) (1969). Thus, in Cranford we affirmed a lower court order compelling disclosure of a licensed psychologist's deposit stubs and daily appointment books even though his clients' identities would thereby be revealed. Appellant's argument that disclosure of its patients' names constitutes improper revelation of medical information because appellant only provides one type of treatment is without merit in view of our decisions that the privilege accorded psychiatrists and psychologists, who presumably also offer only one kind of medical treatment, does not extend to their patients' identities.
Nor do we agree with appellant that OCGA 24-9-40
bars disclosure of the information sought by appellees. The statute provides in part that "no hospital or health care facility . . . shall be required to release any medical information concerning a patient except . . . on appropriate court order or subpoena," and provides further that any facility which releases information pursuant to such an order "shall not be liable to the patient or any other person." This statute "is in reality a physician 'shield' statute," Gilmore, supra at 378, not a codification of a physician-patient privilege, and "requires physicians to release information upon proper order." Id. Assuming, without deciding, that appellant is a "health care facility," nevertheless the trial court was authorized to order disclosure of any relevant, nonprivileged information, OCGA 9-11-26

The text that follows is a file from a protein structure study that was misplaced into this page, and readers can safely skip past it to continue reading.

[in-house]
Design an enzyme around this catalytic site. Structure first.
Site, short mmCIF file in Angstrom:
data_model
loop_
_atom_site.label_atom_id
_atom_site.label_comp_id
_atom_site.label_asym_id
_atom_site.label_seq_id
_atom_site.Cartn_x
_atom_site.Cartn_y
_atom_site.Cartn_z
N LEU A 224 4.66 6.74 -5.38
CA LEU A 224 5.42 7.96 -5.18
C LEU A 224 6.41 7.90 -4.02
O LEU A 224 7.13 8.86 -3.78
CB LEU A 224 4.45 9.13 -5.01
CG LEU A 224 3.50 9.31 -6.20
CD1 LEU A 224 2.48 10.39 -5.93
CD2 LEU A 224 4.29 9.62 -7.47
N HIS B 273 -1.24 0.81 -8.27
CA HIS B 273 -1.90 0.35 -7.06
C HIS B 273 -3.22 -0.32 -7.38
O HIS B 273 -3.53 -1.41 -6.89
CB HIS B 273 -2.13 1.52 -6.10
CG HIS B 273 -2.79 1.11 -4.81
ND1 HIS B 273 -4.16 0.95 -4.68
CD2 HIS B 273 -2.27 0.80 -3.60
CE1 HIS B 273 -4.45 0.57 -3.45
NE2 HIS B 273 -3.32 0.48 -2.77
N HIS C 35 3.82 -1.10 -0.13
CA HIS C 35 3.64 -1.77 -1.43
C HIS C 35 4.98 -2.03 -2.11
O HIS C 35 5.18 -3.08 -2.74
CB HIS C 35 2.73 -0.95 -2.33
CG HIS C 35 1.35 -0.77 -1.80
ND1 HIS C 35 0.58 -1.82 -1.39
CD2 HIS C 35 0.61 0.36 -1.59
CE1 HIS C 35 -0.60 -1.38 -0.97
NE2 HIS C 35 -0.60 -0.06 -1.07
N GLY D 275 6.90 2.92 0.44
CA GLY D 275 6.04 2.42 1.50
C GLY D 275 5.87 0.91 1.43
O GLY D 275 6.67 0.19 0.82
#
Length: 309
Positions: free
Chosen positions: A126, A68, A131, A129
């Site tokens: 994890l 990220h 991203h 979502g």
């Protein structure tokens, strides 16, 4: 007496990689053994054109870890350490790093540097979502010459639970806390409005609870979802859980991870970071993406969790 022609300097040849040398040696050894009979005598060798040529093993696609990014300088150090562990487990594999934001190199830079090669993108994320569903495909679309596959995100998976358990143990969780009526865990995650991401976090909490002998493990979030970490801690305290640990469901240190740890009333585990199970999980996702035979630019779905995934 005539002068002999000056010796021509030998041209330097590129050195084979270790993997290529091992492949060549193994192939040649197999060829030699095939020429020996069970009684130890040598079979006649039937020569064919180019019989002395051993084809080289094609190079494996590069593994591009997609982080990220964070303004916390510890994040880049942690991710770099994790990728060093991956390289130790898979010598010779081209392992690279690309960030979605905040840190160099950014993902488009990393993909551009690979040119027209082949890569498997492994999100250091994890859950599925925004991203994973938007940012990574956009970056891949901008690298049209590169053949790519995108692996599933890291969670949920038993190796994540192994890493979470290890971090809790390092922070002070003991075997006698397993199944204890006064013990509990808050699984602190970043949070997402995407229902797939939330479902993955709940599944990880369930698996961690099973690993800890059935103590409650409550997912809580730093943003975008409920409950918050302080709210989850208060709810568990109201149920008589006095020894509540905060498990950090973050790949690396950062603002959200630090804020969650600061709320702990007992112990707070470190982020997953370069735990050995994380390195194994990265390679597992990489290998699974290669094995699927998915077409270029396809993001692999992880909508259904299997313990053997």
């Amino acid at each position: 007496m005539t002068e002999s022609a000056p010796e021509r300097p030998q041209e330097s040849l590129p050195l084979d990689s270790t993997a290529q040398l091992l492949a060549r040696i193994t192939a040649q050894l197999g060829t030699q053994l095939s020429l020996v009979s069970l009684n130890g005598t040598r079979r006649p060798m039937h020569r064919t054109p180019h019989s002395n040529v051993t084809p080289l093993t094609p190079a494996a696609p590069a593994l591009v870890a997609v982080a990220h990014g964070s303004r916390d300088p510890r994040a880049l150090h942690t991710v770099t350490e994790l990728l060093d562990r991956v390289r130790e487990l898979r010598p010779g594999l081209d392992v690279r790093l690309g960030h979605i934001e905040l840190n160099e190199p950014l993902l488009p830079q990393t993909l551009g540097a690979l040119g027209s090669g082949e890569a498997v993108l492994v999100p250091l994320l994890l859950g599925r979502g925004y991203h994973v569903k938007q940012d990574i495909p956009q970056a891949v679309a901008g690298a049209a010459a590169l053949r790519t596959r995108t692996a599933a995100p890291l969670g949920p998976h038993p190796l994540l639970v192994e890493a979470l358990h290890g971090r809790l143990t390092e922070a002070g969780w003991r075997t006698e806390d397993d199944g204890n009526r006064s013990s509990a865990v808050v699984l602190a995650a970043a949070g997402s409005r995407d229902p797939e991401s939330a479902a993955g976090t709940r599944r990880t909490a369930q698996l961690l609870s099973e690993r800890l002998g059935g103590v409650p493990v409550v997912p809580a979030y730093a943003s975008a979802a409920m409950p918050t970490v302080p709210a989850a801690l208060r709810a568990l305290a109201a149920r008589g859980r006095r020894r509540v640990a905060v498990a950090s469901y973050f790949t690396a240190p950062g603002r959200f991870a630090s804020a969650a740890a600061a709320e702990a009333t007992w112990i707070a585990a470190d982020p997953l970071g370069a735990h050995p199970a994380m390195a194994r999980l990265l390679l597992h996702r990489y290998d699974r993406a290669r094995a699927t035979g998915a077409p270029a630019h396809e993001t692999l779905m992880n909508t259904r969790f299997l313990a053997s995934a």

(b) (1), and as the information sought by appellees was not privileged we find no reversible error in the trial court's decision.
DEEN, Presiding Judge, dissenting.
In Cranford v. Cranford, 120 Ga. App. 470 (170 SE2d 844) (1969)
, this court held that the mere fact of employment was not within any psychologist-patient privilege. However, the facts in Cranford, as well as the need and motivation for disclosure, are so different from the instant case that Cranford need not be followed here.